The stimuli associated with the vestibular system are linear acceleration (gravity) and angular acceleration and deceleration. Gravity, acceleration, and deceleration are detected by evaluating the inertia on receptive cells in the vestibular system. Gravity is detected through head position. Angular acceleration and deceleration are expressed through turning or tilting of the head.
The vestibular system has some similarities with the auditory system. It utilizes hair cells just like the auditory system, but it excites them in different ways. There are five vestibular receptor organs in the inner ear: the utricle, the saccule, and three semicircular canals. Together, they make up what’s known as the vestibular labyrinth that is shown in the figure below. The utricle and saccule respond to acceleration in a straight line, such as gravity.
The roughly 30,000 hair cells in the utricle and 16,000 hair cells in the saccule lie below a gelatinous layer, with their stereocilia projecting into the gelatin. Embedded in this gelatin are calcium carbonate crystals—like tiny rocks. When the head is tilted, the crystals continue to be pulled straight down by gravity, but the new angle of the head causes the gelatin to shift, thereby bending the stereocilia. The bending of the stereocilia stimulates the neurons, and they signal to the brain that the head is tilted, allowing the maintenance of balance. It is the vestibular branch of the vestibulocochlear cranial nerve that deals with balance.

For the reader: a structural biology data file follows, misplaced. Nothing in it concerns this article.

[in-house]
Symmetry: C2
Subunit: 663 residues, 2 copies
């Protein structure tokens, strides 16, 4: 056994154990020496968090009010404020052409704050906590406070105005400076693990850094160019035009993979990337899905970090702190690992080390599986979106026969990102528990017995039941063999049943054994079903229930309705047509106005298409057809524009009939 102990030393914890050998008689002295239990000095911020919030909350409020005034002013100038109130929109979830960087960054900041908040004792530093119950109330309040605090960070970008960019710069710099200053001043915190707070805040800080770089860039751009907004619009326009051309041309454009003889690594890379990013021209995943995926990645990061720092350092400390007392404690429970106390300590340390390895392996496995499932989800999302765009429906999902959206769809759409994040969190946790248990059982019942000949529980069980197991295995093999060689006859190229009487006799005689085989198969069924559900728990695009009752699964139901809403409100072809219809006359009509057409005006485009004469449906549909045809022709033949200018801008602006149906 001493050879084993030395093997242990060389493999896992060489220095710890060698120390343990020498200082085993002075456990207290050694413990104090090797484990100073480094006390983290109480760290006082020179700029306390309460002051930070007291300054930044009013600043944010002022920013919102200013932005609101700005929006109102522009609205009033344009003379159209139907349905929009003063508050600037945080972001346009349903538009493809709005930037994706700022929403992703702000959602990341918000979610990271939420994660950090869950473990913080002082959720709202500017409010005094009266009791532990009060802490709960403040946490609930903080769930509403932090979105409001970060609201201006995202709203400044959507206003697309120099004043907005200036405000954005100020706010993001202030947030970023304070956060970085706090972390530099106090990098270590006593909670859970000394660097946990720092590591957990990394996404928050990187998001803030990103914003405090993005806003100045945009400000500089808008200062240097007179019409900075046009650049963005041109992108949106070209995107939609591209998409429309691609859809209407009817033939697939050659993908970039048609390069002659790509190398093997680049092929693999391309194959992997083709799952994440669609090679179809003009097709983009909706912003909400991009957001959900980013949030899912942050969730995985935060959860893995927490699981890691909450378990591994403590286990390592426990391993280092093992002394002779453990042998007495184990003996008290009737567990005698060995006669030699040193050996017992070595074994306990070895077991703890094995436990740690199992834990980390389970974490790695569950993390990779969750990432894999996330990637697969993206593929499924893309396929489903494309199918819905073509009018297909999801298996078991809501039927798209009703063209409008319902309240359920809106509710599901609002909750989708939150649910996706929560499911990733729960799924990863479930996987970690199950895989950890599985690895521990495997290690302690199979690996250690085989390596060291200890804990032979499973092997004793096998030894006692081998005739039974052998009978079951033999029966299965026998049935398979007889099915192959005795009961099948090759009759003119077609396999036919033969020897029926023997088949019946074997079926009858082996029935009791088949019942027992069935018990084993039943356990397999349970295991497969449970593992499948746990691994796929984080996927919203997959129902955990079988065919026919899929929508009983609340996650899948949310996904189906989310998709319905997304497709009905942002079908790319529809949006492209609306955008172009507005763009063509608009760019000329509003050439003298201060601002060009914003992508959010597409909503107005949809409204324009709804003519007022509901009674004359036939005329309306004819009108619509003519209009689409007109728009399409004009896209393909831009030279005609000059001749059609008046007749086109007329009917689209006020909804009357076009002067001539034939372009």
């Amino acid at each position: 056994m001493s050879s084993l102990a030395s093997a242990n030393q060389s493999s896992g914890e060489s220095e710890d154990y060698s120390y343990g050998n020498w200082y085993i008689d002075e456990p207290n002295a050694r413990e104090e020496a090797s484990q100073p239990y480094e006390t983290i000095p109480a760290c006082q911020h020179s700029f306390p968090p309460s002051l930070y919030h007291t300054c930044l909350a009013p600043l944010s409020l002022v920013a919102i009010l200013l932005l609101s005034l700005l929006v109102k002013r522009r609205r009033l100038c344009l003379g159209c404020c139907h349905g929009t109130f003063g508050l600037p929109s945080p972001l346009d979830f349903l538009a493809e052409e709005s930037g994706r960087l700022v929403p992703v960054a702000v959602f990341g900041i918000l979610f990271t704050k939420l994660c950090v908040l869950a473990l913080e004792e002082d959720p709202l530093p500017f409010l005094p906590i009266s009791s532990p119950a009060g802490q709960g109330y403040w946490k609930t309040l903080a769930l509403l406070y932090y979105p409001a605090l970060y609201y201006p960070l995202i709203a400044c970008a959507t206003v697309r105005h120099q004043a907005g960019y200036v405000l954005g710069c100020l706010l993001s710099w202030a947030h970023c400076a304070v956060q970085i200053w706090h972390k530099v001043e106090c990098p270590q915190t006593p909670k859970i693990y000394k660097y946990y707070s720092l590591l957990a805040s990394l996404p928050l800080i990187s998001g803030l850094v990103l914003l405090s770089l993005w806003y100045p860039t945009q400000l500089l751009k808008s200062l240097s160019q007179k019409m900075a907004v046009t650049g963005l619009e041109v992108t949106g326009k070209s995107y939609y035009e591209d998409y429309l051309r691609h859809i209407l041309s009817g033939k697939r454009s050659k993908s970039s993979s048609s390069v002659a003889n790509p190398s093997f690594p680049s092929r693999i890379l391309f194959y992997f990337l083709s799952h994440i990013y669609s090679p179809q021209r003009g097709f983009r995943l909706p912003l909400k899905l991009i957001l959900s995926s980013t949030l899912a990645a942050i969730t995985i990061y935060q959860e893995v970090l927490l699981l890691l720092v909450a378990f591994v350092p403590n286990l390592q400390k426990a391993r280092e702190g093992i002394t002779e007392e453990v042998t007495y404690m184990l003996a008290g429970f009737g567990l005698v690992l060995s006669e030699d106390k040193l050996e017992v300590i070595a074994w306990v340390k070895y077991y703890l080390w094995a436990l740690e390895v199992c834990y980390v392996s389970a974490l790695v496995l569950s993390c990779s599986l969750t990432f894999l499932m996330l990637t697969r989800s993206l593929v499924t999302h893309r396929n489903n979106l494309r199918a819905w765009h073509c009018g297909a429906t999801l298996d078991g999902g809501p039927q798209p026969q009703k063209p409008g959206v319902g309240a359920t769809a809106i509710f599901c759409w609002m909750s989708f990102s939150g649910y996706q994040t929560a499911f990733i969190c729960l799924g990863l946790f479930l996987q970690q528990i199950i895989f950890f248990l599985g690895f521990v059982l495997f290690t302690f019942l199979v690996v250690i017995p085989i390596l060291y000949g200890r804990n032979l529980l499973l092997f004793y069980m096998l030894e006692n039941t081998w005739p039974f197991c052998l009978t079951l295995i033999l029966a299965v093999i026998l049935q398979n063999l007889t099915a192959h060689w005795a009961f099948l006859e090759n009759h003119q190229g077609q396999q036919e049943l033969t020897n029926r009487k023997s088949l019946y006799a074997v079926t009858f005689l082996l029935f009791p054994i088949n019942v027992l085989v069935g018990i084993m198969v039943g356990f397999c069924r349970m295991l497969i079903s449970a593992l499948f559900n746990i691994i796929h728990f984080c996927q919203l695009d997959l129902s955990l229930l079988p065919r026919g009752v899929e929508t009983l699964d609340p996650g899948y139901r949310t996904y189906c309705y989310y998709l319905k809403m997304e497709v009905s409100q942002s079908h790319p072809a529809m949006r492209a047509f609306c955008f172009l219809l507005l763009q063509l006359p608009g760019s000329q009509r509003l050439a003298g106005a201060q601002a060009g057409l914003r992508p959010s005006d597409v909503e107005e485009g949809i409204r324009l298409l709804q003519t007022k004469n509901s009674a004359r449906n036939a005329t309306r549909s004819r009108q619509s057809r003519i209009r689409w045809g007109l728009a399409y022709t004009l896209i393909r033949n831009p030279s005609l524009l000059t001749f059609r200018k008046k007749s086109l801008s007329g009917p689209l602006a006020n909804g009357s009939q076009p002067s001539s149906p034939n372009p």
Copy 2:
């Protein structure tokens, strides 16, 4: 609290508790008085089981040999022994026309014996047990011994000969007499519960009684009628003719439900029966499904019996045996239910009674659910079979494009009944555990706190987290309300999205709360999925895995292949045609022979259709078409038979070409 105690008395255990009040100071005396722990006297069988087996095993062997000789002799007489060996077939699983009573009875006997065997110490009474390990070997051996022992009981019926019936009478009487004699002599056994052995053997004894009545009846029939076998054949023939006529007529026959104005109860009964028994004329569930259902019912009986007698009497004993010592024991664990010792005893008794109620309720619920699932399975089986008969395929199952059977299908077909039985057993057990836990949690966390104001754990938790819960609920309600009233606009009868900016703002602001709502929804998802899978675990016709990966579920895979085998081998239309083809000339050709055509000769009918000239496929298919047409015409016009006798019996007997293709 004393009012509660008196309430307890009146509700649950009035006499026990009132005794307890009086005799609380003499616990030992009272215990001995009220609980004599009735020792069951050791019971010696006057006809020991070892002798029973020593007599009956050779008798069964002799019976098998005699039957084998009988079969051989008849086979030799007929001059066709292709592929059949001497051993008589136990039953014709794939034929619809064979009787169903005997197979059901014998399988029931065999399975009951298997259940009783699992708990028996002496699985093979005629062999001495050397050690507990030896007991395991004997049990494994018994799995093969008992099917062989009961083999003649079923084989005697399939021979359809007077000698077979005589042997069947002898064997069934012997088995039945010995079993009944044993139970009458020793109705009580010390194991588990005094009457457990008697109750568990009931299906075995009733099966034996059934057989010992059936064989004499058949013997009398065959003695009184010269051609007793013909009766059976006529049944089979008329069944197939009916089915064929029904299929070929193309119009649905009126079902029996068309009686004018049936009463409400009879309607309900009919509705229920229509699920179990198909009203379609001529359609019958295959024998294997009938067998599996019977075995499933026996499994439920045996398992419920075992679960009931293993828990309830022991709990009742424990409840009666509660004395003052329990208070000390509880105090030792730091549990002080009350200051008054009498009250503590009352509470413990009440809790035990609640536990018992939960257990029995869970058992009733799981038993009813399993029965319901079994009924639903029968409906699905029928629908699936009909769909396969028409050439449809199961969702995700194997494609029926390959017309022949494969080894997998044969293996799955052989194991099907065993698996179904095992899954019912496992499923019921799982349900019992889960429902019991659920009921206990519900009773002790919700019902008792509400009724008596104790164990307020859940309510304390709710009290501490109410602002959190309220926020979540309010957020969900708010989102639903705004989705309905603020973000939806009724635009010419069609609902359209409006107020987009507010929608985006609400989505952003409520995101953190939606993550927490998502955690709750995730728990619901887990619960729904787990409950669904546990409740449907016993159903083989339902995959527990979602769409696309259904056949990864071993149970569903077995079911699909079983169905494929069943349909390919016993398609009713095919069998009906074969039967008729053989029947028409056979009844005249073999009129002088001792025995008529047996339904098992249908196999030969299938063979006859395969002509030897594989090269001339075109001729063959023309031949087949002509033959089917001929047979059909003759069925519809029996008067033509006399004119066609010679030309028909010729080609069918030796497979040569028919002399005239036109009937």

The fluid-filled semicircular canals are tubular loops set at oblique angles. They are arranged in three spatial planes. The base of each canal has a swelling that contains a cluster of hair cells. The hairs project into a gelatinous cap called the cupula and monitor angular acceleration and deceleration from rotation. They would be stimulated by driving your car around a corner, turning your head, or falling forward. One canal lies horizontally, while the other two lie at about 45 degree angles to the horizontal axis, as illustrated in the figure above. When the brain processes input from all three canals together, it can detect angular acceleration or deceleration in three dimensions. When the head turns, the fluid in the canals shifts, thereby bending stereocilia and sending signals to the brain.
Upon cessation accelerating or decelerating—or just moving—the movement of the fluid within the canals slows or stops. For example, imagine holding a glass of water. When moving forward, water may splash backwards onto the hand, and when motion has stopped, water may splash forward onto the fingers. While in motion, the water settles in the glass and does not splash. Note that the canals are not sensitive to velocity itself, but to changes in velocity, so moving forward at 60mph with your eyes closed would not give the sensation of movement, but suddenly accelerating or braking would stimulate the receptors.
Hair cells from the utricle, saccule, and semicircular canals also communicate through bipolar neurons to the cochlear nucleus in the medulla. Cochlear neurons send descending projections to the spinal cord and ascending projections to the pons, thalamus, and cerebellum. Connections to the cerebellum are important for coordinated movements. There are also projections to the temporal cortex, which account for feelings of dizziness; projections to autonomic nervous system areas in the brainstem, which account for motion sickness; and projections to the primary somatosensory cortex, which monitors subjective measurements of the external world and self-movement. People with lesions in the vestibular area of the somatosensory cortex see vertical objects in the world as being tilted. Finally, the vestibular signals project to certain optic muscles to coordinate eye and head movements.
Click through this interactive tutorial to review the parts of the ear and how they function to process sound.